EPPO Datasheet: Agrilus fleischeri
Taxonomic position: Animalia: Arthropoda: Hexapoda: Insecta: Coleoptera: Buprestidae
Other scientific names: Agrilus fleischeri kurosawai Obenberger, Agrilus fleischeri nipponicola Kurosawa, Agrilus fleischeri var. coreicus Kurosawa, Agrilus kochi Théry, Agrilus tscherepanovi Stepanov
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EPPO Categorization: Alert list (formerly), A2 list
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EPPO Code: AGRLFL
Agrilus fleischeri infests poplars and willows as a cambial-feeding insect pest. In East Asia, primary hosts include Populus tremula (Eurasian aspen), P. tremula var. davidiana (Korean aspen), P. laurifolia (laurel-leaf poplar) and P. nigra var. italica (Lombardy poplar). In the literature, Salix spp. (willows) are recorded as hosts but no data on damage has been reported. Records of A. fleischeri on Quercus spp. are considered erroneous (Jendek & Grebennikov, 2011). In China, P. tremula var. davidiana (native to China) and P. nigra var. italica (non-native to China) are two common poplar species used in plantations. A field study conducted in Liaoning province has shown that the non-native P. nigra var. italica was more vulnerable to A. fleischeri than the native P. tremula var. davidiana (Zang et al., 2017a).Host list: Populus davidiana, Populus laurifolia, Populus nigra var. italica, Populus sieboldii, Populus, Salix schwerinii
GEOGRAPHICAL DISTRIBUTION 2020-06-09
A. fleischeri was found infesting P. nigra var. italica in Saima Township, Fengcheng City, Liaoning Province, China in 2013 (Wang, pers. obs.), as well as artificially girdled P. tremula var. davidiana in 2015 at the same site (Zang et al., 2017b; Yao et al., 2018).EPPO Region: Kazakhstan, Russia (Eastern Siberia, Far East, Western Siberia)
Asia: China (Beijing, Hebei, Heilongjiang, Jilin, Liaoning, Shaanxi, Sichuan, Tianjin), Japan (Hokkaido, Honshu), Kazakhstan, Korea Dem. People's Republic, Korea, Republic, Mongolia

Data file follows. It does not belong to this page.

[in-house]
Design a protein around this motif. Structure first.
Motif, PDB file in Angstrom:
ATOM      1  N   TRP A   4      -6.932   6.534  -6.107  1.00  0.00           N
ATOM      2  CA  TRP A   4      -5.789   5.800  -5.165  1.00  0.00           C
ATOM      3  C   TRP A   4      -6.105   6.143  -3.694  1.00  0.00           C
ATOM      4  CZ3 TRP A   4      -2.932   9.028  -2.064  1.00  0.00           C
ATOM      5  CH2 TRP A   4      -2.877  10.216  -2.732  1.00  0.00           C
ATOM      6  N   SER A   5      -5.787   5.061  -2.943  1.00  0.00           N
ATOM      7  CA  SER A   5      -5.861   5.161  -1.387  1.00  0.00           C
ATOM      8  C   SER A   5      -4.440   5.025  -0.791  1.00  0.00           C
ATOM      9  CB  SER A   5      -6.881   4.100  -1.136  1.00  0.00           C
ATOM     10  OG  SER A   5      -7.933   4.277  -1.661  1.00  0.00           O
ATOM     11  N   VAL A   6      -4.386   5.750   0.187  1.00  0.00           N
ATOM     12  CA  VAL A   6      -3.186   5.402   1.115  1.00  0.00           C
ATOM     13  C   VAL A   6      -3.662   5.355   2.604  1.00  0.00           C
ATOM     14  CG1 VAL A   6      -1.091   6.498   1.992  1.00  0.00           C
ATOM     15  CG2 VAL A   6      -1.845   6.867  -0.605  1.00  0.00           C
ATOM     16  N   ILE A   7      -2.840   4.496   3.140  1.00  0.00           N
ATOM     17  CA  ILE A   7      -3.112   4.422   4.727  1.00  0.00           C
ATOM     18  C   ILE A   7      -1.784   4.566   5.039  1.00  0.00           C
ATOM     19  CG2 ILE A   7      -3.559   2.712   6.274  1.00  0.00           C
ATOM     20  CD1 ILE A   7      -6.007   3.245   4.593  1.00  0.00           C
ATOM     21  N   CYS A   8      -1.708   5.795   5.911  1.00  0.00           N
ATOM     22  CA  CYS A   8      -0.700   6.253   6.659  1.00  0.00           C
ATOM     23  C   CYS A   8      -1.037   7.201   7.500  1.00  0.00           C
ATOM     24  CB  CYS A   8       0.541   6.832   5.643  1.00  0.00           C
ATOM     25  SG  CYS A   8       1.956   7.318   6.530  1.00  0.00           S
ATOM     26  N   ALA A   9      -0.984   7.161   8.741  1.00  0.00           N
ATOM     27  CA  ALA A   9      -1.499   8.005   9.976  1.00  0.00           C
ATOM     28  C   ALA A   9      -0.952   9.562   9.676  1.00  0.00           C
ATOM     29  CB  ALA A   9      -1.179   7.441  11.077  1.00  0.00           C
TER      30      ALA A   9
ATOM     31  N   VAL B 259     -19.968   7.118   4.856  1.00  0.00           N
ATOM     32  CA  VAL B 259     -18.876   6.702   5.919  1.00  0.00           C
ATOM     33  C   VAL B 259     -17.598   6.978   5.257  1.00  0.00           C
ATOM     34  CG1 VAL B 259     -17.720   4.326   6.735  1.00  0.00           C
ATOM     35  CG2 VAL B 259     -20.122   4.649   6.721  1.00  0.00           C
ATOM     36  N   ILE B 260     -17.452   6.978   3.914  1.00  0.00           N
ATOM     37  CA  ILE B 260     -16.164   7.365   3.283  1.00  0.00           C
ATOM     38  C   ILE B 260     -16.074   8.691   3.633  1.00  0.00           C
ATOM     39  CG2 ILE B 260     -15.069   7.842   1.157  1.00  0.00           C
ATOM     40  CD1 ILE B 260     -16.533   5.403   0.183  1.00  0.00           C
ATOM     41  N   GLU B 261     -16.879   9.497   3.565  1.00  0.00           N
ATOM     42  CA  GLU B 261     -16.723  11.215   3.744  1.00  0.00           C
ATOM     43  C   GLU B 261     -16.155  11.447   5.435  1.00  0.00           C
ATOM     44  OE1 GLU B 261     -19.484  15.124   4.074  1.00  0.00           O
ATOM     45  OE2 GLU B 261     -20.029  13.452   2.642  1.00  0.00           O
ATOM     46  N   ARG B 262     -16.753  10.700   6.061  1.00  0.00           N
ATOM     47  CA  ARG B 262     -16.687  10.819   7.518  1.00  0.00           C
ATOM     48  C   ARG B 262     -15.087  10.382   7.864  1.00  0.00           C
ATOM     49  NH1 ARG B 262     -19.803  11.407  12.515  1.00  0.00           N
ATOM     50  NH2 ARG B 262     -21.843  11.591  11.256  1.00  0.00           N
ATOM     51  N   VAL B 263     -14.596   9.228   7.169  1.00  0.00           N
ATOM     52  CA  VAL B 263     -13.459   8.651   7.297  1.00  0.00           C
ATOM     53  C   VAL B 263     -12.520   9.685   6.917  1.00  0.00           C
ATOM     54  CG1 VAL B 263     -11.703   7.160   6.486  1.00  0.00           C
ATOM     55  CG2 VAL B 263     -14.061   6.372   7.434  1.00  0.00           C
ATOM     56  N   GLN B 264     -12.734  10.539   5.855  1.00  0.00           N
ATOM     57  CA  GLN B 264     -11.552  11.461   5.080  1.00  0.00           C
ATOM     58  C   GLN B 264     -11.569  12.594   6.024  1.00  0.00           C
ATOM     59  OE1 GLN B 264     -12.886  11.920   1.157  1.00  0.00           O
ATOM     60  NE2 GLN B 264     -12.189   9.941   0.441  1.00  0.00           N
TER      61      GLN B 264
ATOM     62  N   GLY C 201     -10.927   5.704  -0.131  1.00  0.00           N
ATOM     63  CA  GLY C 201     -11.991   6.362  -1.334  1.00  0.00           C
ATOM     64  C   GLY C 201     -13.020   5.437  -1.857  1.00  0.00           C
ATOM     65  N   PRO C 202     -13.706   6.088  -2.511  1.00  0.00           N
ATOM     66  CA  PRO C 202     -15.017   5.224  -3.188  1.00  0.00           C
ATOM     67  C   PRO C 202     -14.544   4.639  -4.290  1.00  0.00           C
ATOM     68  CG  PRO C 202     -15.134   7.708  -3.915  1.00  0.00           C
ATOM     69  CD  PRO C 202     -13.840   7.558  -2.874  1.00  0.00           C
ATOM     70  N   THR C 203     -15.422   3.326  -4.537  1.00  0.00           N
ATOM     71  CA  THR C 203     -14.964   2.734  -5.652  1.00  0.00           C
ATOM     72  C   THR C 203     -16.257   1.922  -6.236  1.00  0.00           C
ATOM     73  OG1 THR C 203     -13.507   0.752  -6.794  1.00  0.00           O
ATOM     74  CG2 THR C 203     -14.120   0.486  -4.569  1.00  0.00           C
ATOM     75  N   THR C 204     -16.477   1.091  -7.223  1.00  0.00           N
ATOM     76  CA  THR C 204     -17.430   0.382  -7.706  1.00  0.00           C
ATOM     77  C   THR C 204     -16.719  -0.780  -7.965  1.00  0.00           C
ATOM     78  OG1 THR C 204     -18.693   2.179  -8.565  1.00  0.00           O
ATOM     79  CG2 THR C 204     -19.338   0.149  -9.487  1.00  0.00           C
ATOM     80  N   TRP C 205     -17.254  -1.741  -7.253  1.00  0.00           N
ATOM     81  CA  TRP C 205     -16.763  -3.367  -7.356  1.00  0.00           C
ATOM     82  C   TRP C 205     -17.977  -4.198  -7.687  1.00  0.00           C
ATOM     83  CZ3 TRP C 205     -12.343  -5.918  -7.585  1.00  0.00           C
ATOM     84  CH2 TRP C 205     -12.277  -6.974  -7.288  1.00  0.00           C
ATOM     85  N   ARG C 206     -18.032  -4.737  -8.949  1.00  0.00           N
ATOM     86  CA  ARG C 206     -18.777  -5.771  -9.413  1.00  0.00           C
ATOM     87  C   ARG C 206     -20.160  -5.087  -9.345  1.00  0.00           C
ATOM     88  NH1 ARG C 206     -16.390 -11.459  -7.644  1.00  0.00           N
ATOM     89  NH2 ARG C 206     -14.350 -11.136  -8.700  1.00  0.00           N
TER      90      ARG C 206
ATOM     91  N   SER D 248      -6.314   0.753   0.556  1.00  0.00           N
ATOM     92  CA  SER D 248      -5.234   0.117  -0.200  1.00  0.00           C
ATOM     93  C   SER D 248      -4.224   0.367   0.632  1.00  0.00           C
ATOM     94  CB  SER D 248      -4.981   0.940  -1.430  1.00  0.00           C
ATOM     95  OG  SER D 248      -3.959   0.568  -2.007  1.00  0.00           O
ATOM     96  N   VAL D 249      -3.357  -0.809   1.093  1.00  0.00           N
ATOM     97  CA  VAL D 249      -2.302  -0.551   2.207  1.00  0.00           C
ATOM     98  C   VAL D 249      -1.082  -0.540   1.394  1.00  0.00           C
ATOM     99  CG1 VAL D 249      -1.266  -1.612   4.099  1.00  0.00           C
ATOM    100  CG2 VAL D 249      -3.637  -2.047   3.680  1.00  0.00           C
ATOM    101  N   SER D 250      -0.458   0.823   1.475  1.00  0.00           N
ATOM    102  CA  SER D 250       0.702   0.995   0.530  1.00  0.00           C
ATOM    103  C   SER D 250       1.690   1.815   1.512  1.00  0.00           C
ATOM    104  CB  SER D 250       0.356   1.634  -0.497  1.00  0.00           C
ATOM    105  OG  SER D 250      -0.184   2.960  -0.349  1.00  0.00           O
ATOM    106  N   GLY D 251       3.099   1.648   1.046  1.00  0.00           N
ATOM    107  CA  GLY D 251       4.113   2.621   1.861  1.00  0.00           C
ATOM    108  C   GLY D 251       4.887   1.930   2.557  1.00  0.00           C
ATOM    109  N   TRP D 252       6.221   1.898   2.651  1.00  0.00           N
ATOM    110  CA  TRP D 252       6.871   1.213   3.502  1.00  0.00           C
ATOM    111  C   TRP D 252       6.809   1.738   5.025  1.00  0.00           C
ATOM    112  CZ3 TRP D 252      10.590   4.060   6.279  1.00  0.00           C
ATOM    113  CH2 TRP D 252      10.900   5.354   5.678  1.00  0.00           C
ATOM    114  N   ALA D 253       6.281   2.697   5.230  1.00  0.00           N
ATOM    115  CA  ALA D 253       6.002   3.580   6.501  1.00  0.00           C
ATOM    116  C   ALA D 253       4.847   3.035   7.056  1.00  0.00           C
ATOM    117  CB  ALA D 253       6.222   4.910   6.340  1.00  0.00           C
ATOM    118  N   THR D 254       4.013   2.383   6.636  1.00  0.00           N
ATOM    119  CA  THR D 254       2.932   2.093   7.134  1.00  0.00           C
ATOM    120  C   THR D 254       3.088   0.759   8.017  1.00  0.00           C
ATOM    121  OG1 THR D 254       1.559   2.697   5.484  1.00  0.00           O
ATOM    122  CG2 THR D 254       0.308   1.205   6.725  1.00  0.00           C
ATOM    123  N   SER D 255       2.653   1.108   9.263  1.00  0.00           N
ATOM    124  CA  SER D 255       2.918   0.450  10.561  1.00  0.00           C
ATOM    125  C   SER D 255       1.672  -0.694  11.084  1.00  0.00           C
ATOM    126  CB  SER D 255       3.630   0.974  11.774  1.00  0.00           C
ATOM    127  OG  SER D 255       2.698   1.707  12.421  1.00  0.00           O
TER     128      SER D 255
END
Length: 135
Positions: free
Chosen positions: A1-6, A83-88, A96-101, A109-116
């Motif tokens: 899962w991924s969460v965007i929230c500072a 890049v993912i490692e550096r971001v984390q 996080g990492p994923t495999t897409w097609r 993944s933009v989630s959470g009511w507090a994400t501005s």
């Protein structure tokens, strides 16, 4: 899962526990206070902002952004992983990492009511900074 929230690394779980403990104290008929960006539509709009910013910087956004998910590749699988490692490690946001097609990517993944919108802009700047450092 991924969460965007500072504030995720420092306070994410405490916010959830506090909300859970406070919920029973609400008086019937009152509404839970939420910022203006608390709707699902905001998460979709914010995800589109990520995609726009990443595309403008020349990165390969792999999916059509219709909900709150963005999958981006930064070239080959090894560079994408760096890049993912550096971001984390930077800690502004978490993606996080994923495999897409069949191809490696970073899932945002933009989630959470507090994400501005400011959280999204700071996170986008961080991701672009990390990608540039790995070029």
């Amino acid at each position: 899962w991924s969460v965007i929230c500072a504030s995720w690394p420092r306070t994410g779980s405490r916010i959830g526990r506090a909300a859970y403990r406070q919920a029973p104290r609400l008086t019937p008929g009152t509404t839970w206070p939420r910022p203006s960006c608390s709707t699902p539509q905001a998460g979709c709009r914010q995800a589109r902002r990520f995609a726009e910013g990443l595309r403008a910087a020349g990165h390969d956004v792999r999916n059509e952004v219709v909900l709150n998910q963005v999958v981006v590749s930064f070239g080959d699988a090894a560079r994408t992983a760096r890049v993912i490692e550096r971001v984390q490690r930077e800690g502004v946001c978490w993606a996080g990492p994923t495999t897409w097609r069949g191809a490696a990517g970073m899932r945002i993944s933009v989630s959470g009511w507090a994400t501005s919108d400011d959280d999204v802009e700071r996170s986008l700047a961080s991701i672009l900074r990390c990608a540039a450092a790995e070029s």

In China, A. fleischeri typically has one generation per year on P. nigra var. italica, although most individuals require 2 years on P. tremula var. davidiana to complete their life cycle.
In Liaoning province, adult emergence begins in late May, peaks in early June, and ends in early June to mid-August. The average longevity of adults is 34 days. The emerged adult leaves a distinct D-shaped exit hole on the trunk, which is on average 3 mm in length and 2 mm in width. During the early stages of adult emergence, the number of emerged males is higher than the number of emerged females, while the reverse is true afterwards.
Adults consume poplar leaves for about 7 days before mating and females feed on the margins of poplar leaves for another week prior to oviposition. In experimental conditions females produced an average of 218 eggs throughout their lifespan.
Eggs are laid either together or individually within bark cracks and crevices or beneath bark flakes. Eggs are first observed in early June, peaking in July and then declining in mid-August. Eggs usually hatch after approximately 12 days.
Newly hatched larvae bore directly into the bark until reaching the cambium where they feed, producing serpentine galleries under the bark. The early-instar larvae feed on the cambium and xylem from mid-June through to late September. The late-instar larvae excavate pupal chambers in the outer sapwood beginning in mid-August, then overwinter as J-shaped mature larvae and pupate in early May the next year. Transformation from pupa to adult takes about 26 days in experimental conditions at 23°C and 69% relative humidity (Zang et al., 2017b).
DETECTION AND IDENTIFICATION 2020-06-09